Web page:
The Materials and Methods section should describe the experimental design in sufficient detail to allow others to reproduce the study. A subsection detailing statistical methods used to summarize data and test hypotheses and the level of significance used for hypothesis testing should be provided. Products, equipment, and drugs should be identified in the text by chemical or generic names or descriptions. A trade name may be included in a lettered footnote if that specific product, equipment, or drug was essential for the outcome. For all statistical tests, authors are required to indicate whether applicable test assumptions were met. When citing software products, use a footnote to cite the software or software program used (eg, PROC GLM, SAS Institute, Cary, NC) and a reference to cite a User's Guide (eg, SAS/STAT9.2 user's guide. Cary, NC: SAS Institute Inc, 2008;page number).

With the exception of reports of retrospective studies, manuscripts describing studies that involved the use of animals, including studies that involved the use of privately owned animals (eg, animals owned by clients, staff members, students, or private entities), must include a statement that the study protocol was reviewed and approved by an appropriate oversight entity (eg, an animal care and use committee or institutional review board) or was performed in compliance with institutional or other (eg, governmental or international) guidelines for research on animals. If animals were euthanatized, the method of euthanasia must be indicated. Manuscripts describing prospective studies that involved privately owned animals must also include a statement indicating that owner consent was obtained.

The Results section should provide data that are clearly and simply stated without discussion or conclusions. Tables and figures should be cited parenthetically. Authors should refrain from repeating within the text data that are also presented in tables. Authors of manuscripts reporting gene sequences should submit those sequences to an appropriate data bank.

The Discussion section should focus on findings in the manuscript and should be brief, containing only discussion that is necessary for interpretation of findings. The Discussion should concentrate mainly on what is known in nonhuman animals, with less emphasis on what is known in humans.

 

 

To ensure thoroughness of reporting, authors of Scientific Reports are strongly encouraged to make use of the following guidelines when preparing manuscripts:
  • CONSORT (CONsolidated Standards of Reporting Trials) – for clinical trials
  • REFLECT (Reporting guidElines For randomized controLled trials for livEstoCk and food safeTy) – for clinical trials in livestock and food safety
  • STARD (STAndards for the Reporting of Diagnostic accuracy studies) – for diagnostic test evaluation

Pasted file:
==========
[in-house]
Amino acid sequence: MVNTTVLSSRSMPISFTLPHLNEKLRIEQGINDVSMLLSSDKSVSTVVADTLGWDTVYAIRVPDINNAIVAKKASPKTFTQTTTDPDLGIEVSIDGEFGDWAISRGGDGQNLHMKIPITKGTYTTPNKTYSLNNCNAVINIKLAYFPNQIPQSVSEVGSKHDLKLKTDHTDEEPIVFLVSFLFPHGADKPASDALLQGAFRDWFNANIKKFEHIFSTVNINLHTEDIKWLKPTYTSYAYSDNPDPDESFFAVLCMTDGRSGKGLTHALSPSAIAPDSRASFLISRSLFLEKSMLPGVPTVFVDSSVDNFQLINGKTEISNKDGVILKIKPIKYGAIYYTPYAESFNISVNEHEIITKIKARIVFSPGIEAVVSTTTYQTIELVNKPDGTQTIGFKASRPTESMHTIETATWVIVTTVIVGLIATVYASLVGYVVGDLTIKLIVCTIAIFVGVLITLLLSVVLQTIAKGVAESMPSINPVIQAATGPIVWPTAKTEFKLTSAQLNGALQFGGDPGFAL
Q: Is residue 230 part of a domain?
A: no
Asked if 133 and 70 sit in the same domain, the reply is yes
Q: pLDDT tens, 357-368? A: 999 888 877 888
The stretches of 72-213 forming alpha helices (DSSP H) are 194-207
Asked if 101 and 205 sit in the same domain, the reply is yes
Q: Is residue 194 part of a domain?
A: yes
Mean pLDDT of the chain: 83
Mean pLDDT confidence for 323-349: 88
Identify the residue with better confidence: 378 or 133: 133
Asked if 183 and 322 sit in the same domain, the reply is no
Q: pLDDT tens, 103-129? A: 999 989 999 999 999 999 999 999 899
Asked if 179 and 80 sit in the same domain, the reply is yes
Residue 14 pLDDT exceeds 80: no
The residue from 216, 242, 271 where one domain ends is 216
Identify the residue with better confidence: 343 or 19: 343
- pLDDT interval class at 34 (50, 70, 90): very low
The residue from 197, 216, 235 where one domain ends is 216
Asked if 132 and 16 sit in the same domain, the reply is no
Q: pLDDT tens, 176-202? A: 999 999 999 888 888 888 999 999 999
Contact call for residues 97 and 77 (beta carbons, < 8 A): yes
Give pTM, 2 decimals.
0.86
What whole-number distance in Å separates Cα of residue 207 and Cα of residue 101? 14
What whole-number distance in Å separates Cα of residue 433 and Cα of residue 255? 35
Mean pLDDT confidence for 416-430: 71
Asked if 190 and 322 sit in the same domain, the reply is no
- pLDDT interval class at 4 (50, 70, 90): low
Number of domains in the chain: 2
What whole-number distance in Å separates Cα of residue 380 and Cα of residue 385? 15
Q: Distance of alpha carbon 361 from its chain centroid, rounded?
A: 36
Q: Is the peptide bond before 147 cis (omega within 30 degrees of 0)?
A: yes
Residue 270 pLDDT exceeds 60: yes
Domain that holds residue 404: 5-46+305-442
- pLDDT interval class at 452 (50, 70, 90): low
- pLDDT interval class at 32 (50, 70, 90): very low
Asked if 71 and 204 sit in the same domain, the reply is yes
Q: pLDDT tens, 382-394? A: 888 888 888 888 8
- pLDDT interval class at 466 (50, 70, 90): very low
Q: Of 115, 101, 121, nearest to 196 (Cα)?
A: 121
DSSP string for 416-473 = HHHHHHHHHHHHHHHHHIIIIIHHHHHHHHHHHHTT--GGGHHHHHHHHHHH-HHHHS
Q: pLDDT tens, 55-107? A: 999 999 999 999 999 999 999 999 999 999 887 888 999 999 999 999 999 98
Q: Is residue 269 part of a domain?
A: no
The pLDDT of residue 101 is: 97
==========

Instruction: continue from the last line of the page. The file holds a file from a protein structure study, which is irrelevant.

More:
• STROBE (Strengthening The Reporting of OBservational studies in Epidemiology) – for cross-sectional, case-control, and cohort studies
  • PRISMA (Preferred Reporting Items of Systematic Reviews and Meta-Analyses) – for meta-analyses and systematic reviews
  • ARRIVE (Animal Research: Reporting of In Vivo Experiments) – for all studies involving laboratory animals

 

Case Series Reports (retrospective or prospective) must include a meaningful statement of purpose, clinically relevant data, and clinically useful conclusions or interpretations derived directly from evaluation of the cases described. Except for rare conditions, case series reports should contain information on at least 10 animals. Formatting of case series reports differs slightly from that of other original studies. Specifically, the title must include the number of cases and the interval during which cases were treated. The general format is as follows: Behavioral modification for treatment of separation anxiety in dogs: 223 cases (2005-2010). In addition, the Materials and Methods section should begin with the subheadings "Case selection" and "Medical records review."

Text - Clinical Report—A Clinical Report begins with the signalment (eg, age, sex, body weight, and breed) of the animal or animals, followed by a chronologic description of pertinent aspects of the diagnostic examination, treatment, and outcome, and ends with a brief discussion. When more than 1 animal is involved, a representative of the group should be described in detail; important differences among animals can be addressed separately. For reports in which there are 3 or fewer animals, pertinent abnormal findings should be summarized in the text. For 4 or more animals, 1 table that provides a summary of pertinent abnormal findings may be accommodated, provided that such findings are not repeated in the text.